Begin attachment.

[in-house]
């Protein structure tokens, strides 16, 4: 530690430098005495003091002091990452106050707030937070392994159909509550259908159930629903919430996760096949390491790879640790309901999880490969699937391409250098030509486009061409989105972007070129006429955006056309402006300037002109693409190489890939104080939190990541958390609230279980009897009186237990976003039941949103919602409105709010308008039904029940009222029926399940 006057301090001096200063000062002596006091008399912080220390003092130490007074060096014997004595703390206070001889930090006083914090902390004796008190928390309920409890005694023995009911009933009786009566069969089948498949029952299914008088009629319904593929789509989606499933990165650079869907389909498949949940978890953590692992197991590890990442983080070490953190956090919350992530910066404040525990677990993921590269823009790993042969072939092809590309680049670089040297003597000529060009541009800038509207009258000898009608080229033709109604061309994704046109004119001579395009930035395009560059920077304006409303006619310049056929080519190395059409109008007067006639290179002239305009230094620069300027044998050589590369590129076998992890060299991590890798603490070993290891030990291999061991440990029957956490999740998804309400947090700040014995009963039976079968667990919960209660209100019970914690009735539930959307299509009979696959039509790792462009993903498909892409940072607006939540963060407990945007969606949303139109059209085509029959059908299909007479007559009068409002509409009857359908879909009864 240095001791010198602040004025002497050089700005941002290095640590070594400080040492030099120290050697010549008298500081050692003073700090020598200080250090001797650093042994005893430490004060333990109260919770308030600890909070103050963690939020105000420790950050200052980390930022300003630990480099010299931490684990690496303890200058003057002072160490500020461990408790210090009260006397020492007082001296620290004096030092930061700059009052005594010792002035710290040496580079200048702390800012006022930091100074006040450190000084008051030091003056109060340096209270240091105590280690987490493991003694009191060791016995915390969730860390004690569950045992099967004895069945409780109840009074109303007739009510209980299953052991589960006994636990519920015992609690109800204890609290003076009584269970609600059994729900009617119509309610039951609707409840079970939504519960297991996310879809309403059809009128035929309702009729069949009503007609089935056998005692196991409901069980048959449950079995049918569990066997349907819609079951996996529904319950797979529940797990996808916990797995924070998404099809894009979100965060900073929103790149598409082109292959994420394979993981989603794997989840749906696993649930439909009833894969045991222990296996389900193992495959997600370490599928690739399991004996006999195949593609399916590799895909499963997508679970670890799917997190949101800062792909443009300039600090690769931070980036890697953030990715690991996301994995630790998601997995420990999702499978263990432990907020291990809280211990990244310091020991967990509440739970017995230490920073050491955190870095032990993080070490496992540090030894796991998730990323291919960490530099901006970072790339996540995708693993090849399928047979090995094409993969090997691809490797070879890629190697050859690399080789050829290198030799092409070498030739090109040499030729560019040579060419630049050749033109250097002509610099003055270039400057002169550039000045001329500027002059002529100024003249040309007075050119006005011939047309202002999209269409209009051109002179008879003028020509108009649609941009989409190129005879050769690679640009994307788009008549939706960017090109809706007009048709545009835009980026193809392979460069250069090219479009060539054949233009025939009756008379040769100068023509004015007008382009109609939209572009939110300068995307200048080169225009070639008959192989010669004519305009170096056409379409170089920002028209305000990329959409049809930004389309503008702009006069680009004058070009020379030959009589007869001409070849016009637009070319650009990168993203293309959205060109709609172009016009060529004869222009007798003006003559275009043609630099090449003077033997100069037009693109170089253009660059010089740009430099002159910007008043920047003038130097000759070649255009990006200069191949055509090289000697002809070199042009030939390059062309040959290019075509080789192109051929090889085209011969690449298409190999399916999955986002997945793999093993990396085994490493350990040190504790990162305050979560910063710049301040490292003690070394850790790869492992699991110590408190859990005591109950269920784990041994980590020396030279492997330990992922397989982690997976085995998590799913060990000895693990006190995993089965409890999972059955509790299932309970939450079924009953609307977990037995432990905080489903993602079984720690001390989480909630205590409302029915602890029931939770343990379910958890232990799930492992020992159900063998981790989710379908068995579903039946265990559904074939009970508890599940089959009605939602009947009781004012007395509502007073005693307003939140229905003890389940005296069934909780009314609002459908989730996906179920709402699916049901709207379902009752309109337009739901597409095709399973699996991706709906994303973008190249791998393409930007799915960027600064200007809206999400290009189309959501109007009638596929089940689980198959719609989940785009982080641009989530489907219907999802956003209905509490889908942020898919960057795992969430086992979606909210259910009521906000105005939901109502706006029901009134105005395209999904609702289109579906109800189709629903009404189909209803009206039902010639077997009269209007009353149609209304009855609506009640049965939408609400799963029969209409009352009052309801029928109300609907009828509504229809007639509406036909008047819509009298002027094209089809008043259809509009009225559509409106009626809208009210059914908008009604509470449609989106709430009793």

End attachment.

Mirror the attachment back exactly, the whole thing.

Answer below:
[in-house]
């Protein structure tokens, strides 16, 4: 530690430098005495003091002091990452106050707030937070392994159909509550259908159930629903919430996760096949390491790879640790309901999880490969699937391409250098030509486009061409989105972007070129006429955006056309402006300037002109693409190489890939104080939190990541958390609230279980009897009186237990976003039941949103919602409105709010308008039904029940009222029926399940 006057301090001096200063000062002596006091008399912080220390003092130490007074060096014997004595703390206070001889930090006083914090902390004796008190928390309920409890005694023995009911009933009786009566069969089948498949029952299914008088009629319904593929789509989606499933990165650079869907389909498949949940978890953590692992197991590890990442983080070490953190956090919350992530910066404040525990677990993921590269823009790993042969072939092809590309680049670089040297003597000529060009541009800038509207009258000898009608080229033709109604061309994704046109004119001579395009930035395009560059920077304006409303006619310049056929080519190395059409109008007067006639290179002239305009230094620069300027044998050589590369590129076998992890060299991590890798603490070993290891030990291999061991440990029957956490999740998804309400947090700040014995009963039976079968667990919960209660209100019970914690009735539930959307299509009979696959039509790792462009993903498909892409940072607006939540963060407990945007969606949303139109059209085509029959059908299909007479007559009068409002509409009857359908879909009864 240095001791010198602040004025002497050089700005941002290095640590070594400080040492030099120290050697010549008298500081050692003073700090020598200080250090001797650093042994005893430490004060333990109260919770308030600890909070103050963690939020105000420790950050200052980390930022300003630990480099010299931490684990690496303890200058003057002072160490500020461990408790210090009260006397020492007082001296620290004096030092930061700059009052005594010792002035710290040496580079200048702390800012006022930091100074006040450190000084008051030091003056109060340096209270240091105590280690987490493991003694009191060791016995915390969730860390004690569950045992099967004895069945409780109840009074109303007739009510209980299953052991589960006994636990519920015992609690109800204890609290003076009584269970609600059994729900009617119509309610039951609707409840079970939504519960297991996310879809309403059809009128035929309702009729069949009503007609089935056998005692196991409901069980048959449950079995049918569990066997349907819609079951996996529904319950797979529940797990996808916990797995924070998404099809894009979100965060900073929103790149598409082109292959994420394979993981989603794997989840749906696993649930439909009833894969045991222990296996389900193992495959997600370490599928690739399991004996006999195949593609399916590799895909499963997508679970670890799917997190949101800062792909443009300039600090690769931070980036890697953030990715690991996301994995630790998601997995420990999702499978263990432990907020291990809280211990990244310091020991967990509440739970017995230490920073050491955190870095032990993080070490496992540090030894796991998730990323291919960490530099901006970072790339996540995708693993090849399928047979090995094409993969090997691809490797070879890629190697050859690399080789050829290198030799092409070498030739090109040499030729560019040579060419630049050749033109250097002509610099003055270039400057002169550039000045001329500027002059002529100024003249040309007075050119006005011939047309202002999209269409209009051109002179008879003028020509108009649609941009989409190129005879050769690679640009994307788009008549939706960017090109809706007009048709545009835009980026193809392979460069250069090219479009060539054949233009025939009756008379040769100068023509004015007008382009109609939209572009939110300068995307200048080169225009070639008959192989010669004519305009170096056409379409170089920002028209305000990329959409049809930004389309503008702009006069680009004058070009020379030959009589007869001409070849016009637009070319650009990168993203293309959205060109709609172009016009060529004869222009007798003006003559275009043609630099090449003077033997100069037009693109170089253009660059010089740009430099002159910007008043920047003038130097000759070649255009990006200069191949055509090289000697002809070199042009030939390059062309040959290019075509080789192109051929090889085209011969690449298409190999399916999955986002997945793999093993990396085994490493350990040190504790990162305050979560910063710049301040490292003690070394850790790869492992699991110590408190859990005591109950269920784990041994980590020396030279492997330990992922397989982690997976085995998590799913060990000895693990006190995993089965409890999972059955509790299932309970939450079924009953609307977990037995432990905080489903993602079984720690001390989480909630205590409302029915602890029931939770343990379910958890232990799930492992020992159900063998981790989710379908068995579903039946265990559904074939009970508890599940089959009605939602009947009781004012007395509502007073005693307003939140229905003890389940005296069934909780009314609002459908989730996906179920709402699916049901709207379902009752309109337009739901597409095709399973699996991706709906994303973008190249791998393409930007799915960027600064200007809206999400290009189309959501109007009638596929089940689980198959719609989940785009982080641009989530489907219907999802956003209905509490889908942020898919960057795992969430086992979606909210259910009521906000105005939901109502706006029901009134105005395209999904609702289109579906109800189709629903009404189909209803009206039902010639077997009269209007009353149609209304009855609506009640049965939408609400799963029969209409009352009052309801029928109300609907009828509504229809007639509406036909008047819509009298002027094209089809008043259809509009009225559509409106009626809208009210059914908008009604509470449609989106709430009793």